My neighbor is moving out of town and wants to do a lease option. I want to work out a lease option assignment but they are behind on their mortgage more than 3 months. They are basically in pre-foreclosure. I have 2 sure tenant/buyers lined up but is this something I should still pursue? if an LOA will not work, what other creative financing option can I use? Thanks in advance :help
The best thing to do is for you to pay the back payments to make it work.
Thanks for the advice.
Where is the home located?
In Albuquerque NM
Homes are very cheap in Albuquerque. So are you going to bring up the back payments so a deal can be made?
The last thing you should do is pay any arrears the homeowner has accumulated. What else do you know about this property? What’s the value? What’s the mortgage(s) balance? What’s the PITI? What is the rent you can expect to receive?
Way too many unknowns before you should start throwing money at it.
Why are they doing a lease option instead of just selling it? If they owe too much for a cash sale, then I think it would be better to buy the house using seller financing, by doing a wrap around mortgage or subject to, but where you get the deed. Then, paying to bring the loan current will make more sense since you will be getting the deed.
I assume you already ran the numbers to verify there is a spread between the mortgage payments and market rent, and that the payoff amount for the mortgage is not more than the house could be sold for within a reasonable lease option period. (so that it could be assigned to another investor wanting to do a sandwich LO, as well as a retail tenant/buyer)
You want to make sure the numbers are good and leave room for your fee, so that it is still a good deal for whoever you assign it too.
If there’s some equity. SUB TO. Control the house and make the payments. Don’t do a seller financing deal unless the seller allows you to make the payments directly to the lender. Get ride of the current owner and his control. What makes you think that he will make the payments to the mortgage if you send them to him.
Get control… Thats the only way to do the deal.
The important part you left out is make sure the seller does not tell the bank that he did a SUB 2 because the lender/bank could call the loan due, no matter what people tell you it can happen.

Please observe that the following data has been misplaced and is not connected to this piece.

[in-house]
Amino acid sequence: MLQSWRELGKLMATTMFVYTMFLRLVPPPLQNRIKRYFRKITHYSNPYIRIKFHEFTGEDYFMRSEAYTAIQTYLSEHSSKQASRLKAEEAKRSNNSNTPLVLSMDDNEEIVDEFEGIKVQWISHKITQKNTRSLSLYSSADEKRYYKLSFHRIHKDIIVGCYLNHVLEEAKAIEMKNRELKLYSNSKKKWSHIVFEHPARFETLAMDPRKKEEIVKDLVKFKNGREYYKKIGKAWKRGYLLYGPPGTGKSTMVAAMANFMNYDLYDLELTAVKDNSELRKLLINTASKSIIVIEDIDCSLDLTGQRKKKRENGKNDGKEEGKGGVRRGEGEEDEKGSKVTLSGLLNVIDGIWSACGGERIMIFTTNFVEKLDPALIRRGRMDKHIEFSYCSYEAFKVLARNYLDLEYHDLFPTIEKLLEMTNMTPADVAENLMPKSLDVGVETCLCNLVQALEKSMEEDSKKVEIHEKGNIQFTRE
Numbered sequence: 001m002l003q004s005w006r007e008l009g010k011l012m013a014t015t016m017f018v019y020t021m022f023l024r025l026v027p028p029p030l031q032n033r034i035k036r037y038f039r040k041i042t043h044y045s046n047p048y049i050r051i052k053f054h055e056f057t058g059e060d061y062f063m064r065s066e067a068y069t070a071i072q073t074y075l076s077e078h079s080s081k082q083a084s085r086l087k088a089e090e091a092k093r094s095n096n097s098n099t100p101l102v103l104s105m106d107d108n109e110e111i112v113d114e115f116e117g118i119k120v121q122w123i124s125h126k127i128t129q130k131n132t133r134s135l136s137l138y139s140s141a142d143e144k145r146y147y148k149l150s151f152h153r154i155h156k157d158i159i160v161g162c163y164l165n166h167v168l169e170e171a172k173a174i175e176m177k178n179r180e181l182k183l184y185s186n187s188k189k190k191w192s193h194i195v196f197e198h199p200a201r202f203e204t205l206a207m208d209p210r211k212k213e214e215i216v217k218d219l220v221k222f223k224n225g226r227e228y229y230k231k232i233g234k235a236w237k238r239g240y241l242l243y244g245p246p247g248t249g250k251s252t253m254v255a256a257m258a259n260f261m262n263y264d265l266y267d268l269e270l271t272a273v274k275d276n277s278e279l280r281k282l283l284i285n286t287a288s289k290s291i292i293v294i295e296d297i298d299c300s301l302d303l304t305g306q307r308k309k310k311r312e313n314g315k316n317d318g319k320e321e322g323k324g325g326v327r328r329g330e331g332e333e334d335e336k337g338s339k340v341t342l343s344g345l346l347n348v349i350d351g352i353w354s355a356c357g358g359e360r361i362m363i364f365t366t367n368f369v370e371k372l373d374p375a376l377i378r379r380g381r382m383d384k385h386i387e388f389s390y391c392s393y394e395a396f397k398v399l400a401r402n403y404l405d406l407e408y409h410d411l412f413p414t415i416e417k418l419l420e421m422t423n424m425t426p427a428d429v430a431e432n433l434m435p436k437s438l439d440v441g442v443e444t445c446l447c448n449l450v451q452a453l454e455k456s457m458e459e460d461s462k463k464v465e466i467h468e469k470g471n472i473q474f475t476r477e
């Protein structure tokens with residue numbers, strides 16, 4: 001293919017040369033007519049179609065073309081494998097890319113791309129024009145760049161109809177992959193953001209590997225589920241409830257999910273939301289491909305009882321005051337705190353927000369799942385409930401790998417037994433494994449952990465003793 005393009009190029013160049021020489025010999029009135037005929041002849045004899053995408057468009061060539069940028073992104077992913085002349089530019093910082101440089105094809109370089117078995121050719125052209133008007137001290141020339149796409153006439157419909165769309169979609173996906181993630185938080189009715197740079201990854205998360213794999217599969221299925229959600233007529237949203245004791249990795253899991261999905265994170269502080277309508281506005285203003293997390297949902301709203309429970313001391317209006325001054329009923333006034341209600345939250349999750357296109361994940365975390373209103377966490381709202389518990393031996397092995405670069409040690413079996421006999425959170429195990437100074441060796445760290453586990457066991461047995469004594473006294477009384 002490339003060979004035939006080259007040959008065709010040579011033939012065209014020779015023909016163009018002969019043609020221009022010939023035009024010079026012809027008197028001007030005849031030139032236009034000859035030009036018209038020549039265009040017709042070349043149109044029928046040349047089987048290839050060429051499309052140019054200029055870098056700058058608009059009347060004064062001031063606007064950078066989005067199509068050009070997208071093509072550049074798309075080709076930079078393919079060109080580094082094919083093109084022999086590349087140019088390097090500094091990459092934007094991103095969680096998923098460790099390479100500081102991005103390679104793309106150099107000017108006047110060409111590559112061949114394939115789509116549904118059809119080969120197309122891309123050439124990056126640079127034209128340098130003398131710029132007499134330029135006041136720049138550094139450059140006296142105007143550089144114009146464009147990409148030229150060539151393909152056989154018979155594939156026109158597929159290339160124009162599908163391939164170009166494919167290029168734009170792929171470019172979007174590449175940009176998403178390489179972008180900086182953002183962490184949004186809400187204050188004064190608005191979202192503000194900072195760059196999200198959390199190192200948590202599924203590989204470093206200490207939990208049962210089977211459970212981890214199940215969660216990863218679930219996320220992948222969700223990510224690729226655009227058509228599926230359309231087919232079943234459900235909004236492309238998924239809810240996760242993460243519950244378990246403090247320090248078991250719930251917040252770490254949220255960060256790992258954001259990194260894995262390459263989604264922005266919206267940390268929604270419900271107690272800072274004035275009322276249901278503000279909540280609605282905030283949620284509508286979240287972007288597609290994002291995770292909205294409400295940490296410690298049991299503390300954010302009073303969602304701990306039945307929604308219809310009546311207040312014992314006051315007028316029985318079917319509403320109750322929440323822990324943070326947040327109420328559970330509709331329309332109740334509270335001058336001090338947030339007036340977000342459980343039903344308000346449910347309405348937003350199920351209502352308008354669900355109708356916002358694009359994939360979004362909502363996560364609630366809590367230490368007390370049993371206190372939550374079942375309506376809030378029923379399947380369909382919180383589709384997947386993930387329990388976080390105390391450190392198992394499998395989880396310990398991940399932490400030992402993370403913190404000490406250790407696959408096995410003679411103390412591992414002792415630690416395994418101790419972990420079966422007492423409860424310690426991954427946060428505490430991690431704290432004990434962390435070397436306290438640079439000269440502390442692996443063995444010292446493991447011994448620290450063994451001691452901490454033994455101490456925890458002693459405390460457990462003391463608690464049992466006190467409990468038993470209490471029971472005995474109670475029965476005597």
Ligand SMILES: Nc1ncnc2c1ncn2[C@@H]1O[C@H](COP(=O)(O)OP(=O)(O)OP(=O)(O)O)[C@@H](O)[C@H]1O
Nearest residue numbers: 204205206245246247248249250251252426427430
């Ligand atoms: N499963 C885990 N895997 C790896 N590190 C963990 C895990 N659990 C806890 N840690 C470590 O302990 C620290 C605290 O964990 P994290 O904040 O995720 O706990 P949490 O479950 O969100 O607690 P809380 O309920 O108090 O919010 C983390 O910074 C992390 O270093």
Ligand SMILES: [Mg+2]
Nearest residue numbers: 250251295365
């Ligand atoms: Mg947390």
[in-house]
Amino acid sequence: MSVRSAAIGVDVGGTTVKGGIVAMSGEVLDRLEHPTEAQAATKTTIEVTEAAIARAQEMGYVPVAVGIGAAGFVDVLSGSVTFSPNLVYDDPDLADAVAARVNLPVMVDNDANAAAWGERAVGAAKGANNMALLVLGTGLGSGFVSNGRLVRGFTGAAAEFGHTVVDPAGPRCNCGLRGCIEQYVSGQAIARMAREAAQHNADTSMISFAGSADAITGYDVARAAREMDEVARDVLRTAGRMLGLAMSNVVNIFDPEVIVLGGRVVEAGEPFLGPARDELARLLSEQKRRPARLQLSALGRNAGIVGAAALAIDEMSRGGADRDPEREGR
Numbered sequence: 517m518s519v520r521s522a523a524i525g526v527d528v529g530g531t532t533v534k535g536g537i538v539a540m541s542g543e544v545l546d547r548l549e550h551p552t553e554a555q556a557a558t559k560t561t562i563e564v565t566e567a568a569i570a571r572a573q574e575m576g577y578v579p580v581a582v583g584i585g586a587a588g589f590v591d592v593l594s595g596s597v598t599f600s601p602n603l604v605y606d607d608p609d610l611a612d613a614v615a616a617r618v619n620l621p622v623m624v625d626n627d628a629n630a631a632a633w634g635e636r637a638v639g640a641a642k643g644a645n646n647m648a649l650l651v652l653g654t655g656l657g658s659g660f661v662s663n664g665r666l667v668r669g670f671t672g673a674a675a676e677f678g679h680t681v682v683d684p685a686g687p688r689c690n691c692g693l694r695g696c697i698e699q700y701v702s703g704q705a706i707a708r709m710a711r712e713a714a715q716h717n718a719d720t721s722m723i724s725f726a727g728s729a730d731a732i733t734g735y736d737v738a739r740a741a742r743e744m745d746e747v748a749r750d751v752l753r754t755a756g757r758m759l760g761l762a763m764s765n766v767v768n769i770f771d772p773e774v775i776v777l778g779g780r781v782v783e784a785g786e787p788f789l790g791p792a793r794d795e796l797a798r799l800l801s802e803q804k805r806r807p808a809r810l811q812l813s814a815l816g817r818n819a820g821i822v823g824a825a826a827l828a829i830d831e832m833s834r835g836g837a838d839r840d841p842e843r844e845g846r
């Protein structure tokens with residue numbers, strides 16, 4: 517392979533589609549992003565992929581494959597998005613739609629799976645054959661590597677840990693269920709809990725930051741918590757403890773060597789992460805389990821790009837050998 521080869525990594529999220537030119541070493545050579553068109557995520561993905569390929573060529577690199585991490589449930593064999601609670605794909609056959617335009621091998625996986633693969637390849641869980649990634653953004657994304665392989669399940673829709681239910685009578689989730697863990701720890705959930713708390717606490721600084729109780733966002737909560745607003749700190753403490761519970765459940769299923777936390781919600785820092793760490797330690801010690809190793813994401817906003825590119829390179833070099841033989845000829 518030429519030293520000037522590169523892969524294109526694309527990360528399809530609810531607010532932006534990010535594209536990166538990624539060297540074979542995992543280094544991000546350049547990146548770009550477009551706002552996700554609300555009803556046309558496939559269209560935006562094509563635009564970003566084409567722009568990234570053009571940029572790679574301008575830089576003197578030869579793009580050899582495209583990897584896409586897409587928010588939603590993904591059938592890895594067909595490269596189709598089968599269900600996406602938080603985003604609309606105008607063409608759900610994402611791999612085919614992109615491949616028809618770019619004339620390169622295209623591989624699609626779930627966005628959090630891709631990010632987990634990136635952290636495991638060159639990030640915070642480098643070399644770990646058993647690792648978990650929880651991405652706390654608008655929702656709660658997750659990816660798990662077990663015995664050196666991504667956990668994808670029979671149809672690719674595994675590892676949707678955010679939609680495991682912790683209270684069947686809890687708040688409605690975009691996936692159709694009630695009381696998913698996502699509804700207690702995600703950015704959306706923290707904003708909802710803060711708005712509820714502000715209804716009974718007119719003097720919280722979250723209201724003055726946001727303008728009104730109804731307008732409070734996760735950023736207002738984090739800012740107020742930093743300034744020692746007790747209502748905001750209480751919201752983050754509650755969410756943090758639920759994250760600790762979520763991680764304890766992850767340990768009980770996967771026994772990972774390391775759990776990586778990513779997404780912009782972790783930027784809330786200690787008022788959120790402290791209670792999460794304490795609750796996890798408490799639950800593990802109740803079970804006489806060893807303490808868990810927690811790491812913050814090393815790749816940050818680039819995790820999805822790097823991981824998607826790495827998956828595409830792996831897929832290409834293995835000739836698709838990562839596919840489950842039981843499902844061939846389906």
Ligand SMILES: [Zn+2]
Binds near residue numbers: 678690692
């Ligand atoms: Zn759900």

Half the battle is over, since the seller has already decided that a lease/option is acceptable. Give the seller what he wants and you take everything else. Don’t complicate this.
You create a sandwich lease/option. Simple. However, the back payment are the real issue here, after the total indebtedness.
How much to bring the loan current? How much is the overall LTV?
Can you get enough from a tenant/buyer to cover the arrears, collect a fee, and make it worth your time?
Will the seller bring the loan current as a condition of you doing a lease option?
I would use a performance lease/option with the seller. This way I’m only paying him, if my sub-tenant./buyer pays me.
Now, if the seller won’t agree to that, than I want the deed. Otherwise, I’m making myself liable for a house I don’t own… Forget that.
Of course there’s a lot more to either of these options, but the bottom line is you have to have control of the asset, without (legal) responsibility to pay for it (ultimately).
Consider who will handle the payments for you so that everyone knows they’ve been paid. If you get the deed, how will you secure administrative control of the loan once you take title?
How will the insurance be handled? Will you create a new policy, or leave the existing policy in place?
Will you transfer title into a trust, or just do a naked title transfer?
Will you record your option so that the seller can’t shop your offer?
All these questions to consider.